Latin-American artists around the globe have recently been the favorites of curators and museums due to many reasons. One of them may be our current political climate and how democracy in the US and in the world is beginning to crumble. This may act as motivation for Latin American artists to put their grief or their extreme progressive/radical views on display through their art pieces.
The new and radical Latinx art is officially trendy and audiences are obsessed. There have been times before when Latin-American art had skyrocketed due to social politics. For example, interdisciplinary intellectual and renowned performance artist Guillermo Gomez Peña rose to fame after 9/11 happened and people of color were boxed as terrorists all around the globe. His performances became a sensation and intellectuals became trendy. Perhaps this is what artists of all backgrounds feel like right now; a duty to society in order for audiences to wake up and start making a positive change for this world.
The following curators are the trendiest ones that have picked young, angry, and rebel artists to show their work in the most prestigious of spaces. Here are some of the top curators that give platform to Latinx art:
Author and curator Eva Raspini is the Barbara Lee Chief Curator at the ICA/Boston that focuses on global contemporary art and image-making practices.
@chrissharplulu (Mexico City)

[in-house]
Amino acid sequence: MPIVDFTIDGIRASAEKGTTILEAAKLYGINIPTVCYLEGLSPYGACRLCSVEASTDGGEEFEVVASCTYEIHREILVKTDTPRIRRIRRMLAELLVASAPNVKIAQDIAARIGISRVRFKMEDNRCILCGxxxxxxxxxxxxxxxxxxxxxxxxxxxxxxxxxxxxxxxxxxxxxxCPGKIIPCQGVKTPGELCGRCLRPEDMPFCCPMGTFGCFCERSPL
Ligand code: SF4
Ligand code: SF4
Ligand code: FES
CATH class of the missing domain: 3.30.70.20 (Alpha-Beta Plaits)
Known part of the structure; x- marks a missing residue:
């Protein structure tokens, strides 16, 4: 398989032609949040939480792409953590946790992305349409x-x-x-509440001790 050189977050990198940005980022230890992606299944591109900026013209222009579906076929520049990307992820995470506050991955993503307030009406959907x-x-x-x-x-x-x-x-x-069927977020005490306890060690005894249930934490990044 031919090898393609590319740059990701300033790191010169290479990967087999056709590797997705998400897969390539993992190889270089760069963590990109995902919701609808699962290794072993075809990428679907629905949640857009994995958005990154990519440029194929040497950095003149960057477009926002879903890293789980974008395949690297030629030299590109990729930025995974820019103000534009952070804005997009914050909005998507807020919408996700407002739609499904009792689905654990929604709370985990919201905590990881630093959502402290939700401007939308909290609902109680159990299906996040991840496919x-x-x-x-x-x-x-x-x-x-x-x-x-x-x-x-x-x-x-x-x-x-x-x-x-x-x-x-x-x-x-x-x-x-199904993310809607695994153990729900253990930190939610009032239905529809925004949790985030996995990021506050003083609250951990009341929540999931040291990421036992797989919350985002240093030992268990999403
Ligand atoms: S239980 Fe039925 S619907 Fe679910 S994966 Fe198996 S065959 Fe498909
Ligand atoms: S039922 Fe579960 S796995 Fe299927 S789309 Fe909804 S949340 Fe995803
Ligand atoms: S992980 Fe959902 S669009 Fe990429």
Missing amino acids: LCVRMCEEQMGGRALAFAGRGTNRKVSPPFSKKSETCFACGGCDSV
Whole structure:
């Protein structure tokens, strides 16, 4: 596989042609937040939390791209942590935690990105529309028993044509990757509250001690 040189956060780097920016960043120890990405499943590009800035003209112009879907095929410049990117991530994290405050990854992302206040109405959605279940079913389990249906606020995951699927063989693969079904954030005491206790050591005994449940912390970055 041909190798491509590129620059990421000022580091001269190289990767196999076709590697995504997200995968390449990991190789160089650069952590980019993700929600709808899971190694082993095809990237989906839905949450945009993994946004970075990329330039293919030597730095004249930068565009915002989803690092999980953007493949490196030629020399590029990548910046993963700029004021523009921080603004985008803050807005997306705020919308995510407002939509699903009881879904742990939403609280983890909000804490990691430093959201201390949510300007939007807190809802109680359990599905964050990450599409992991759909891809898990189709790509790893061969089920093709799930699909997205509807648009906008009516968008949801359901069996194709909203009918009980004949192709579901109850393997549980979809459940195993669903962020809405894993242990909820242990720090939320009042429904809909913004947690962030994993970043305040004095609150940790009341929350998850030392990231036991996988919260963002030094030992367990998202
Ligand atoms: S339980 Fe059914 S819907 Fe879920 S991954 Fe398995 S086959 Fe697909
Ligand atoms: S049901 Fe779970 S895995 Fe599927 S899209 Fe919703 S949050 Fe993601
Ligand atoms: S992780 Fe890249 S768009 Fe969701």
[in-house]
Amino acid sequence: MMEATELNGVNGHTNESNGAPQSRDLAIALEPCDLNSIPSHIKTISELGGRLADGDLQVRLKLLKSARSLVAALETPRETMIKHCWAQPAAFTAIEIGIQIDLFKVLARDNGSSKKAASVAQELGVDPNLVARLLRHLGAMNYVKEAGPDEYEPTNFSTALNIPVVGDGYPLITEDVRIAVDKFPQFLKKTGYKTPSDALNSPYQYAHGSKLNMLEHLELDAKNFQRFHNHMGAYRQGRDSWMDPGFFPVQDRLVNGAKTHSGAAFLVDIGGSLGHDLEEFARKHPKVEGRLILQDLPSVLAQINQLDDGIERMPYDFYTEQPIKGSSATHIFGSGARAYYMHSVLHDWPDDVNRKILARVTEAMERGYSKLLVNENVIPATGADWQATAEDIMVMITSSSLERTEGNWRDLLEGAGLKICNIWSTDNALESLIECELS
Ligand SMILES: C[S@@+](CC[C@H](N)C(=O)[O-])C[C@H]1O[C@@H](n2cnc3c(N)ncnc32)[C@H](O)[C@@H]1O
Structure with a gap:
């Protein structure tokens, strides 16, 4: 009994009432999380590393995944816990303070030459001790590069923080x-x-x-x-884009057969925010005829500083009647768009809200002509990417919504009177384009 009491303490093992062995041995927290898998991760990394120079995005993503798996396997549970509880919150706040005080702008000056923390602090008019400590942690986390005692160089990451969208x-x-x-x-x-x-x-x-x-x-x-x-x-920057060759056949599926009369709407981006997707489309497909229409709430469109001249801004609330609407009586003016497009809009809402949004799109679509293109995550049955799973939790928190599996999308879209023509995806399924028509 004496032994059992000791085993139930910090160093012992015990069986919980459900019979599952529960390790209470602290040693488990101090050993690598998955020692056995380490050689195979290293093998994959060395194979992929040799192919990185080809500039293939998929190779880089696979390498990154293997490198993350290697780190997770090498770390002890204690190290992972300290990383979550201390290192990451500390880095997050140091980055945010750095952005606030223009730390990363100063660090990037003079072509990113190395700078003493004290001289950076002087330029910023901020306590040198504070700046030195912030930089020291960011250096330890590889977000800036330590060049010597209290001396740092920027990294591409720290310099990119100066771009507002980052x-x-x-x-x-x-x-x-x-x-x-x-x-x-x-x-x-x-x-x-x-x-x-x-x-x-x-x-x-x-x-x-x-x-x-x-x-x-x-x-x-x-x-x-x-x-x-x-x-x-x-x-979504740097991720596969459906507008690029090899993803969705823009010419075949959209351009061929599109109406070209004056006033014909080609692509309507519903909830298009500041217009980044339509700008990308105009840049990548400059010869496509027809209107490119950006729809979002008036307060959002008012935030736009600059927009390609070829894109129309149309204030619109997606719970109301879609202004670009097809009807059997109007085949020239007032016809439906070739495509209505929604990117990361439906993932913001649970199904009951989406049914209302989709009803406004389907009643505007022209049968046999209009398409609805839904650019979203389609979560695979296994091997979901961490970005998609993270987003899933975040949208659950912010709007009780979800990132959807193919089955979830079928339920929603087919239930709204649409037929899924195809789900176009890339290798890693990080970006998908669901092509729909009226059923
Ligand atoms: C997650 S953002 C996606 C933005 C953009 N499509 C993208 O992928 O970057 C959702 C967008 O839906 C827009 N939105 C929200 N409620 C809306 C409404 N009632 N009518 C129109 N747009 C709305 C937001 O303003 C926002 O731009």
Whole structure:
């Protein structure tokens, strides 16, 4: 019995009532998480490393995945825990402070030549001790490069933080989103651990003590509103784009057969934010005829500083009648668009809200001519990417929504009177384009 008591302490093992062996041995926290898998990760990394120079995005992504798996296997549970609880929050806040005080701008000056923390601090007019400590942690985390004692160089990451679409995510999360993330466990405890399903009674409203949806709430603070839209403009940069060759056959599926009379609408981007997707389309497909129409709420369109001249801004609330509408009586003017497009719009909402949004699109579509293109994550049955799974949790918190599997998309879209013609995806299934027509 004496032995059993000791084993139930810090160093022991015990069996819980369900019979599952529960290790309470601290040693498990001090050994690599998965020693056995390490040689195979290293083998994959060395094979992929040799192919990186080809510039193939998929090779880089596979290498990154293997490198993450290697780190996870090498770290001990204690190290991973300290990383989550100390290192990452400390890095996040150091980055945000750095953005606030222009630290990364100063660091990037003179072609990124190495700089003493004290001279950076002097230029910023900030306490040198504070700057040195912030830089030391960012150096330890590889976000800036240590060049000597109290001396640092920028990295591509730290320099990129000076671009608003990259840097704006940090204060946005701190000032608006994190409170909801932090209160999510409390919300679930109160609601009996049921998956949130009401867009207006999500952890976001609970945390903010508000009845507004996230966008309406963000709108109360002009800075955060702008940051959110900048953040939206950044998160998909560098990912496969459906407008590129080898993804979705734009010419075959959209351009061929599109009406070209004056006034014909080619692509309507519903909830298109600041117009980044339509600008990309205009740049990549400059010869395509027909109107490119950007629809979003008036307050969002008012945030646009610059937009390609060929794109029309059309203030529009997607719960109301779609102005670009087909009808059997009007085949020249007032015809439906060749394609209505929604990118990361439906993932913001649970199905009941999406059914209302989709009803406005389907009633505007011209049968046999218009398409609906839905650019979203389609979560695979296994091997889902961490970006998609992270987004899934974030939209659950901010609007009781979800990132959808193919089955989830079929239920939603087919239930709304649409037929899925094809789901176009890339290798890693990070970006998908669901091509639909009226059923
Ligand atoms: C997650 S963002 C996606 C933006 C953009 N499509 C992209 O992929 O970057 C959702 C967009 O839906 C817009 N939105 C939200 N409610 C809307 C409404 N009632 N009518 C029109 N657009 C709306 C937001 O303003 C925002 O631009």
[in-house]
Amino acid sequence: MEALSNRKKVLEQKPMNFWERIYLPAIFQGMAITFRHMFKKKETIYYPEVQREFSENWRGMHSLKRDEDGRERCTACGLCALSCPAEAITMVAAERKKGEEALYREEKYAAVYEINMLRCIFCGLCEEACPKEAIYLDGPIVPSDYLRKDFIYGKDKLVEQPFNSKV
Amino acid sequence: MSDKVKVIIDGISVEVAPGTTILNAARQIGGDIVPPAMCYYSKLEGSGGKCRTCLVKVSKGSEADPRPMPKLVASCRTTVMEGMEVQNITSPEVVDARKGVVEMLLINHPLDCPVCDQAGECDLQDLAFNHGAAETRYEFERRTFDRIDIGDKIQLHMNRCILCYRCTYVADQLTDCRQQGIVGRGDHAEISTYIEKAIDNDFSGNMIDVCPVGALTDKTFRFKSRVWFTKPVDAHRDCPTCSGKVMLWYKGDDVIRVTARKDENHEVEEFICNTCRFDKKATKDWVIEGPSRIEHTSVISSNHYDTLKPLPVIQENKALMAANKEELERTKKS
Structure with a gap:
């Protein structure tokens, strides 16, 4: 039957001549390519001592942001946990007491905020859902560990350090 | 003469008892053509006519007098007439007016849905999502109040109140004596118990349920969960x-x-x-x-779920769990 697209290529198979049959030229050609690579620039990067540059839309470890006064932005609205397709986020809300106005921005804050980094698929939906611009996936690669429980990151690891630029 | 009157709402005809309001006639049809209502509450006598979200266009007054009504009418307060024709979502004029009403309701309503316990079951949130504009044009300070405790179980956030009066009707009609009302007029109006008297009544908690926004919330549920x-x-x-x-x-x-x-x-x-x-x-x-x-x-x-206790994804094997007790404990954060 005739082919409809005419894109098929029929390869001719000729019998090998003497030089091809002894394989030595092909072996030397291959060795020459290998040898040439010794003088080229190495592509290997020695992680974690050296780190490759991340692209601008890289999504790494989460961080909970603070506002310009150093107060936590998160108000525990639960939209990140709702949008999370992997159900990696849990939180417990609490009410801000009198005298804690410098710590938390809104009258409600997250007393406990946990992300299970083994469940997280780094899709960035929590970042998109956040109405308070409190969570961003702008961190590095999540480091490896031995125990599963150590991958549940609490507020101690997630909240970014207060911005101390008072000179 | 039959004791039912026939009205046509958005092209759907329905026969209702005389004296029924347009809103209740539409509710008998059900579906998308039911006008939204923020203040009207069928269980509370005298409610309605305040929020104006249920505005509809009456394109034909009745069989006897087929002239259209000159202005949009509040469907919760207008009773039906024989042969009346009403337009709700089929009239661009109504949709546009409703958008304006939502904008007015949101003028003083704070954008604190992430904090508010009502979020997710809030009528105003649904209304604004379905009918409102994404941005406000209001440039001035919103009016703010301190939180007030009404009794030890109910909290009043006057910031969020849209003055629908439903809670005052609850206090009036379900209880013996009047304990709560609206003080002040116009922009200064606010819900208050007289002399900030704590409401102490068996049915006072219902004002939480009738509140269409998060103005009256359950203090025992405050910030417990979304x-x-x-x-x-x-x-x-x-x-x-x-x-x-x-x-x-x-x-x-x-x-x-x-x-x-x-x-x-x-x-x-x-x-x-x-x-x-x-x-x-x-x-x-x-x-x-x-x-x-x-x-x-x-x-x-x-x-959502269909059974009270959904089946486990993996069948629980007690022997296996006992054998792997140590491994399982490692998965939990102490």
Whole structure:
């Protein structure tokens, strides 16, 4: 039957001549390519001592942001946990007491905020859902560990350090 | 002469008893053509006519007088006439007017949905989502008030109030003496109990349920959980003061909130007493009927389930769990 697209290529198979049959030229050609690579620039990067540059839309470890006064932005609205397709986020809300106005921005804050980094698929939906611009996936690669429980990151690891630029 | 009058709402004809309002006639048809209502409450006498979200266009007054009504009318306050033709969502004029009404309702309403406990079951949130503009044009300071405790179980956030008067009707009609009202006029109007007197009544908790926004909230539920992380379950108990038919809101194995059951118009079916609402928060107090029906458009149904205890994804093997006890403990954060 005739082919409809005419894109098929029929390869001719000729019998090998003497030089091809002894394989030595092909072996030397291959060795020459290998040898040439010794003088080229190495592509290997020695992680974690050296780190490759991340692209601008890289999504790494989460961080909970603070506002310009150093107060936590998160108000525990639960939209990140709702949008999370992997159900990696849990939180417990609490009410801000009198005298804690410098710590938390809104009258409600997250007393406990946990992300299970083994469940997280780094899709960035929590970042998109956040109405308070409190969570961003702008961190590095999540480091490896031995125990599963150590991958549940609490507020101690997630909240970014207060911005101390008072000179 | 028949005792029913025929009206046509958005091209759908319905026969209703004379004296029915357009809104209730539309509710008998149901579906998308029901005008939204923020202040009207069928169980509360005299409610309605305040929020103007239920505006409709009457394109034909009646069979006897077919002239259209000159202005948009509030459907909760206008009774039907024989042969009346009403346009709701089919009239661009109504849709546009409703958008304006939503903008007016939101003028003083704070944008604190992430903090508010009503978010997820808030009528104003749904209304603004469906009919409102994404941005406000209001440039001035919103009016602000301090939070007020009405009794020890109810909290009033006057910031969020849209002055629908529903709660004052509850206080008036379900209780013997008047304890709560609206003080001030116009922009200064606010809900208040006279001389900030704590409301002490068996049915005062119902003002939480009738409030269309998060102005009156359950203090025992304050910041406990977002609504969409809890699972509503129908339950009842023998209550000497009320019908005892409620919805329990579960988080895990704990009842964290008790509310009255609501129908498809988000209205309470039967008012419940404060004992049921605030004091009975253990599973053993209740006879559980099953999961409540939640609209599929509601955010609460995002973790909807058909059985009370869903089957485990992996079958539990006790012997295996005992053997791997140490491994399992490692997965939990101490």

Writer and Independent Curator based in Mexico City, Chris Sharp is part of the project space Lulu that also delivers essays regarding ethics in art and critical theory.
Independent Curators International
@CuratorsIntl (New York)
Independent Curators International is a nonprofit organization based in New York, which has a diversity of art in terms of the artist’s background and political view. From Chicano to queer art, ICI goes strong on representation.
@Nespector (New York)
Nancy Spector is the Chief Curator + Artistic Director of the Solomon R. Guggenheim Museum in New York City. From giving platform to the multi-talented Felix Gonzalez Torres to showcasing various Afro-Latino artists.
Thomas J Lax
@Thomaslax (New York)
Thomas J Lax is a curator for the Museum of Modern Art of media and performance. Lax has showcased performances by Yanira Castro and David Velasco, and continues to deliver the Latinx and queer perspective to MoMA.
Golden’s work as the Director and Chief Curator of the Studio Museum in Harlem mainly focuses on works by artists of African descent. However, Golden makes room for Afro-Latino and Afro-Caribbean artists with intersectional points of view.
@Mia.Locks (New York)
Mia Locks as an independent curator based in New York focuses her work in showcasing Chicano and queer art. From Nao Bustamante, Cameron Rowland, to Belkis Ayon.
@cuauhmedina (Mexico City)
Medina is an independent curator based in Mexico City who has worked at the Tate Gallery showcasing Mexican-heritage pieces.
Latinx art will always be around as long as anger is alive and well. Smart rebels have proven to think before any direct attack to abuse of power, therefore powerful art will always keep happening and it is up to museums and curators to give voice to those young Latinx rebels. It is the curator’s job to open new doors for audiences and for artists.